SIR,—" Private Soldier's " letter makes sad but true reading.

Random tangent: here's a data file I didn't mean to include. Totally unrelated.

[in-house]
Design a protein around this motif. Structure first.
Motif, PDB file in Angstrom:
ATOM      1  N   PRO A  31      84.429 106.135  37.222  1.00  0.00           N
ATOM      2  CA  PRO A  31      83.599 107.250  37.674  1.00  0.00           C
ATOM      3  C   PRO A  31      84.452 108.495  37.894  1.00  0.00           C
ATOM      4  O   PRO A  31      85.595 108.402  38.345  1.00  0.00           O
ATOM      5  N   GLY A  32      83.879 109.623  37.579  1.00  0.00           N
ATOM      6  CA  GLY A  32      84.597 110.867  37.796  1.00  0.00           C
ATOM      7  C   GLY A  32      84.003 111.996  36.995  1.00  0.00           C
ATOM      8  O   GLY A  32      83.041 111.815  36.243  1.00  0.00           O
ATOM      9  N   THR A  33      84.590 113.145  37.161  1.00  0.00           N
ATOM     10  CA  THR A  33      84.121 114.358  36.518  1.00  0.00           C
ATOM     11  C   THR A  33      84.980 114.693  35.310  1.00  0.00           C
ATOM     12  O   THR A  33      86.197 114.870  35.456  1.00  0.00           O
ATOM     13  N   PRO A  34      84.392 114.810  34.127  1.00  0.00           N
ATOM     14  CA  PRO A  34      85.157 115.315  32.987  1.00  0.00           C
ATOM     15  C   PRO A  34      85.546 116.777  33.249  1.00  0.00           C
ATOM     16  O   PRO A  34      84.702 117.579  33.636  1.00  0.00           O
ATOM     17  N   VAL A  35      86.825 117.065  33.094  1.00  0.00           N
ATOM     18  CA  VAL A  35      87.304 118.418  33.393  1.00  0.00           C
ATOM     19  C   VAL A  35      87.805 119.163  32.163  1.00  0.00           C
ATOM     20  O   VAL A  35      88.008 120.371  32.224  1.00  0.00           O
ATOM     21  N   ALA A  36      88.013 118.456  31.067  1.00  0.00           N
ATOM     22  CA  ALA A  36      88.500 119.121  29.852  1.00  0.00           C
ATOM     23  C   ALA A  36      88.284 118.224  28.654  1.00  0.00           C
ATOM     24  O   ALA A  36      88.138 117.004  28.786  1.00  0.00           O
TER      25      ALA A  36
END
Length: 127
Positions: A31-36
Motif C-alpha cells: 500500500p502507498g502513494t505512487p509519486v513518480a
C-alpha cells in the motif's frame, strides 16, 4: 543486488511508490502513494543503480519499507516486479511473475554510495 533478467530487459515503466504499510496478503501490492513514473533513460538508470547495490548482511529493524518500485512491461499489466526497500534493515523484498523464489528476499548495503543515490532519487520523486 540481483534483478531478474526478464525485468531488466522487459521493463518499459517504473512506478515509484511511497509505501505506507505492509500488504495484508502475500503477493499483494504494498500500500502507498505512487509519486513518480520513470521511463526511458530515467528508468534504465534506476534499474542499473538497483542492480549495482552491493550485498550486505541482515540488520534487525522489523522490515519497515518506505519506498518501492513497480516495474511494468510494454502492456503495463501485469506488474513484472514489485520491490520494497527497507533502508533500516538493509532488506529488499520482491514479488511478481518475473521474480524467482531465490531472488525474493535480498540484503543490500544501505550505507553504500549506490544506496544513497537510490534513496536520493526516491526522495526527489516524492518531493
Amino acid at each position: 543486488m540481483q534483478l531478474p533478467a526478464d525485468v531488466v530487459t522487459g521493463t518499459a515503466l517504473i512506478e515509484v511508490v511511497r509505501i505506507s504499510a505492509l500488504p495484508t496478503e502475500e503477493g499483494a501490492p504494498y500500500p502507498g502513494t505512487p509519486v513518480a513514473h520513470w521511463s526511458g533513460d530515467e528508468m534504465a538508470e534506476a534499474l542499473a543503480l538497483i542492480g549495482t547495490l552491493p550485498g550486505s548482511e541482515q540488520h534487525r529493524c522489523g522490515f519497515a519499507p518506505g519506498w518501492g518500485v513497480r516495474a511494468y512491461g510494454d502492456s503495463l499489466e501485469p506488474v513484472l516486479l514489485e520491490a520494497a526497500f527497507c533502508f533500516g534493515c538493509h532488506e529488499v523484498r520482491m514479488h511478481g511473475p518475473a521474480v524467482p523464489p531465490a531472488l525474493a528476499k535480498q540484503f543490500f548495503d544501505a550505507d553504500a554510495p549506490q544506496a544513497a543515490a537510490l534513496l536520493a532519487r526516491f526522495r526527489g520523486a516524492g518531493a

If the B.B.C. would give the forces broadcasts of a similar nature to those it gives the children of the country in its school broadcasts it would be using to good effect the unique opportunity offered it by the war. These broadcasts are one of the most promising contributions to the education of the men and women of the future. Science, travel, history and the war itself provide subjects that are simply and attrac- tively treated so as to arouse interest in the listeners. They thus awaken latent tastes and abilities in the young, who will grow up, we hope, with less limited interests than those of which " Private Soldier " complains—" jazz and legs " ; doubtless they would. I do not know if the function of the B.B.C. has ever been defined, but as a national institution it must do something more than please the majority of its licence-holders.—I am, Sir, yours faithfully, New Barn House, Ferry Hinksey, Oxford. MARGARET SPARROW.